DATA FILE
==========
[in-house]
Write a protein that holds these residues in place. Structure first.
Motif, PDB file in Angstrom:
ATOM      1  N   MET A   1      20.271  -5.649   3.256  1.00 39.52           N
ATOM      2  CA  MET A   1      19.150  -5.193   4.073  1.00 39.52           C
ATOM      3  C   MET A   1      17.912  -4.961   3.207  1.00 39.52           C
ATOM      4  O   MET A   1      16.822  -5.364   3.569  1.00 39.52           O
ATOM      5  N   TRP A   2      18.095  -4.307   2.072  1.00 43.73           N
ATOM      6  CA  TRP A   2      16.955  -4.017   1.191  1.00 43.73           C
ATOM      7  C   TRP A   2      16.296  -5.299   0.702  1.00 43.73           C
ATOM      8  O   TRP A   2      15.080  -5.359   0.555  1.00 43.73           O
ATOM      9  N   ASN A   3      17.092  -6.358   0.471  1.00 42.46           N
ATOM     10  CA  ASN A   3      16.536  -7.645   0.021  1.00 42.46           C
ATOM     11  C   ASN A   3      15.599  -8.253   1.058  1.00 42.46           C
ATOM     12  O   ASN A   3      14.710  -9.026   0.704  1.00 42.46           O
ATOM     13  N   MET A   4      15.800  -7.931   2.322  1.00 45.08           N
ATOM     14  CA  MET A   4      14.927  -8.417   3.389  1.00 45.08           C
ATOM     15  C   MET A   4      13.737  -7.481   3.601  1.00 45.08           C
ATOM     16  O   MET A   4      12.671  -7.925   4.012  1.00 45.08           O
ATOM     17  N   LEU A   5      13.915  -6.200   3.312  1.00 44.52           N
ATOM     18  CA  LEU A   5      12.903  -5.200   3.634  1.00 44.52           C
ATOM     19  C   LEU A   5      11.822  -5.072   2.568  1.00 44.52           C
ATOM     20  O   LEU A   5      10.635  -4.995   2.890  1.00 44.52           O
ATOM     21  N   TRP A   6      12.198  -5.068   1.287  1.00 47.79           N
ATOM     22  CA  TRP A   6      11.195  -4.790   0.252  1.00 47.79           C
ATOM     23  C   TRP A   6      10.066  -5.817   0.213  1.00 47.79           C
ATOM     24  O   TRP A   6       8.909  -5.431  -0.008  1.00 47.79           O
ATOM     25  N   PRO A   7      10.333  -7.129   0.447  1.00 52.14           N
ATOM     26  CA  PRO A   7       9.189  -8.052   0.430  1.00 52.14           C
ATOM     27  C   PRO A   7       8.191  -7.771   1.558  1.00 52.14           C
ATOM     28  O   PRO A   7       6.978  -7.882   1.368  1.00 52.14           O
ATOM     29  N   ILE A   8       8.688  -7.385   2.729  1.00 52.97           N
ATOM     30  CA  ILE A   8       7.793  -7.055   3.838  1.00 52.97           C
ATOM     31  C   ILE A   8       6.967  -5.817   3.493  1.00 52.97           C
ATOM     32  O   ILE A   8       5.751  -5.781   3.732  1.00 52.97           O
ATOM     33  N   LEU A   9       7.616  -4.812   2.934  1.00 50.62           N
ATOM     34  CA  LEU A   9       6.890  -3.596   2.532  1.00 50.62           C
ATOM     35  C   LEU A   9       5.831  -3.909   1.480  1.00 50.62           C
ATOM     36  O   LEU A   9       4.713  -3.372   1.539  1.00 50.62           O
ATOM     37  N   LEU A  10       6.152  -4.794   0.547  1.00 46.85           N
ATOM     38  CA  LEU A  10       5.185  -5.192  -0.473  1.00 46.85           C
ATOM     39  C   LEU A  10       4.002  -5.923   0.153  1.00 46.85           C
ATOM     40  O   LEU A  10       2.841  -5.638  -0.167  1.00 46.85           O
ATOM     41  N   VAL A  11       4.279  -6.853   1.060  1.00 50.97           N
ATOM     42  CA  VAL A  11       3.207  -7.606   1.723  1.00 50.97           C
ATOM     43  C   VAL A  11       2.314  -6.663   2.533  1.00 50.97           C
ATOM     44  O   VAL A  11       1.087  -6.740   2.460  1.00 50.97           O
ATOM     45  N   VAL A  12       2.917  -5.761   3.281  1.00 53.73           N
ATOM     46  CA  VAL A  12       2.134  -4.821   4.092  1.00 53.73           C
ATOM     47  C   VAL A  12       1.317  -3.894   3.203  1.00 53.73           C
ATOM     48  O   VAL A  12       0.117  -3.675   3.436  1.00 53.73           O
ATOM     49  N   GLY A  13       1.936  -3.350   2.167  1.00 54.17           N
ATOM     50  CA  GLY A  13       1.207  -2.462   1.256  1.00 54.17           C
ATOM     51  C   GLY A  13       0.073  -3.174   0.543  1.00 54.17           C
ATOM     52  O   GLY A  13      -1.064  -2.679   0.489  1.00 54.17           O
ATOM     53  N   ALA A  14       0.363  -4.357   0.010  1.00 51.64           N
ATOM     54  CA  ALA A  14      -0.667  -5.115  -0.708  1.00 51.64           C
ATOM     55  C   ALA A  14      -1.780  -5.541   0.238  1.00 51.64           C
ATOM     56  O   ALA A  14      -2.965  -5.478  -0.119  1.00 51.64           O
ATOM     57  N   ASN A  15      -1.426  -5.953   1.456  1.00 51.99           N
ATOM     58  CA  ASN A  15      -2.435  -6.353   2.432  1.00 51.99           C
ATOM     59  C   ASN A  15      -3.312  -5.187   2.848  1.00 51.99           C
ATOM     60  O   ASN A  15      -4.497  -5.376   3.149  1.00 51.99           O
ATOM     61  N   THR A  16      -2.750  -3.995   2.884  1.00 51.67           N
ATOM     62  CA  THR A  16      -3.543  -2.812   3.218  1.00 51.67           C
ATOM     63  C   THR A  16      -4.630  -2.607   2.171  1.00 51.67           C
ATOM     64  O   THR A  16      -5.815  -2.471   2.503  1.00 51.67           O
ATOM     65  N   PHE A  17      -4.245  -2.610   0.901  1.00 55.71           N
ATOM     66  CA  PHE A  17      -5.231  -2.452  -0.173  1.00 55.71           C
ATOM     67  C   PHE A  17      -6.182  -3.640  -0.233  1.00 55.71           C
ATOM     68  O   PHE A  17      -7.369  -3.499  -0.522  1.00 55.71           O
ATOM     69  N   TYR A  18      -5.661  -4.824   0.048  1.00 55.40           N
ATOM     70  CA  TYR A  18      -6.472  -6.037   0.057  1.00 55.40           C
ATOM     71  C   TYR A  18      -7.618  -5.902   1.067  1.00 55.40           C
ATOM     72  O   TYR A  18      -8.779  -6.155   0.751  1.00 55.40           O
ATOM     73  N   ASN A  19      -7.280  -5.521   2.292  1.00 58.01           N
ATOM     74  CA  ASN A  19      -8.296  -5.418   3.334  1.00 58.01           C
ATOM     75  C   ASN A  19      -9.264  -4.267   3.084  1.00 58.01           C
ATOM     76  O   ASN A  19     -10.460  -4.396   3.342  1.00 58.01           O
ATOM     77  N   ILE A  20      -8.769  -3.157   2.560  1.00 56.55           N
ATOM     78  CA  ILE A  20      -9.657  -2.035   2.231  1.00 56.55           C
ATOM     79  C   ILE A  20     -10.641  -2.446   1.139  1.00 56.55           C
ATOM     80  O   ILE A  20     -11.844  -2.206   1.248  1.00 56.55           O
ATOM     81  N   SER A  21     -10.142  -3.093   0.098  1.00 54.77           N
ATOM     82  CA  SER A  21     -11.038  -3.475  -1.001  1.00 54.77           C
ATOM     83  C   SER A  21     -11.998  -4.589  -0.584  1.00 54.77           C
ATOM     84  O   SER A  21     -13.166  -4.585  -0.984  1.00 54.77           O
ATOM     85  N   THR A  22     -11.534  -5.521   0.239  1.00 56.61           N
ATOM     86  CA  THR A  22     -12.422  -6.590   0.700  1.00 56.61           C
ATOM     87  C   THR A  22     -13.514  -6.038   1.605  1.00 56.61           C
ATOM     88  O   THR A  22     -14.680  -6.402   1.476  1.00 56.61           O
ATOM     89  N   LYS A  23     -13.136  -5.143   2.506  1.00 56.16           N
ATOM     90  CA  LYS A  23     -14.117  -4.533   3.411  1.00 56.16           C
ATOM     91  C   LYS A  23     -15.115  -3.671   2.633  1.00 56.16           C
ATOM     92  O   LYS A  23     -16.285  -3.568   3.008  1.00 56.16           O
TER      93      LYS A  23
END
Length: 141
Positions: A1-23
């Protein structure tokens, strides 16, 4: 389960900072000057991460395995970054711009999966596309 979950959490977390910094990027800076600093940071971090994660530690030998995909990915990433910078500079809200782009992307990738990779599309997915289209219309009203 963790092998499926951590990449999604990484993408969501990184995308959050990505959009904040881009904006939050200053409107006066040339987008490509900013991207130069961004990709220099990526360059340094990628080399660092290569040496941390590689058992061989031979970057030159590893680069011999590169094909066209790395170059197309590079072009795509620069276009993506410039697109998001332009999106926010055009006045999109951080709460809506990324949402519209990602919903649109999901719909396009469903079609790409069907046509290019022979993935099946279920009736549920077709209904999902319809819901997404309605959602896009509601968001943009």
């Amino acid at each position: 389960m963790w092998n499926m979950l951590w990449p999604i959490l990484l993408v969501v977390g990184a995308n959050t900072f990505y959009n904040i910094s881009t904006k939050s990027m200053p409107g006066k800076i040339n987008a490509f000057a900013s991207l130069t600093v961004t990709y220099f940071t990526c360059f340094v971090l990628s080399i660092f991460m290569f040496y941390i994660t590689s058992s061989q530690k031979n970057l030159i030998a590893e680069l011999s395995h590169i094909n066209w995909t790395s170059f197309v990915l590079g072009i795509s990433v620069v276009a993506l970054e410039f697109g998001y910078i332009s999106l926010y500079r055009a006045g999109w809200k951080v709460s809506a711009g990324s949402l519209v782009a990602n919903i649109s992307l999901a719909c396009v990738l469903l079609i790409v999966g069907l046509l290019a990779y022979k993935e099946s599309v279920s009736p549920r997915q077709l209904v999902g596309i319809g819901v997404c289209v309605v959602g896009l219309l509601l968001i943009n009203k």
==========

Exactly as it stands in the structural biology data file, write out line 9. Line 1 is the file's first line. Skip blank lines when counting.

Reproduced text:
ATOM      6  CA  TRP A   2      16.955  -4.017   1.191  1.00 43.73           C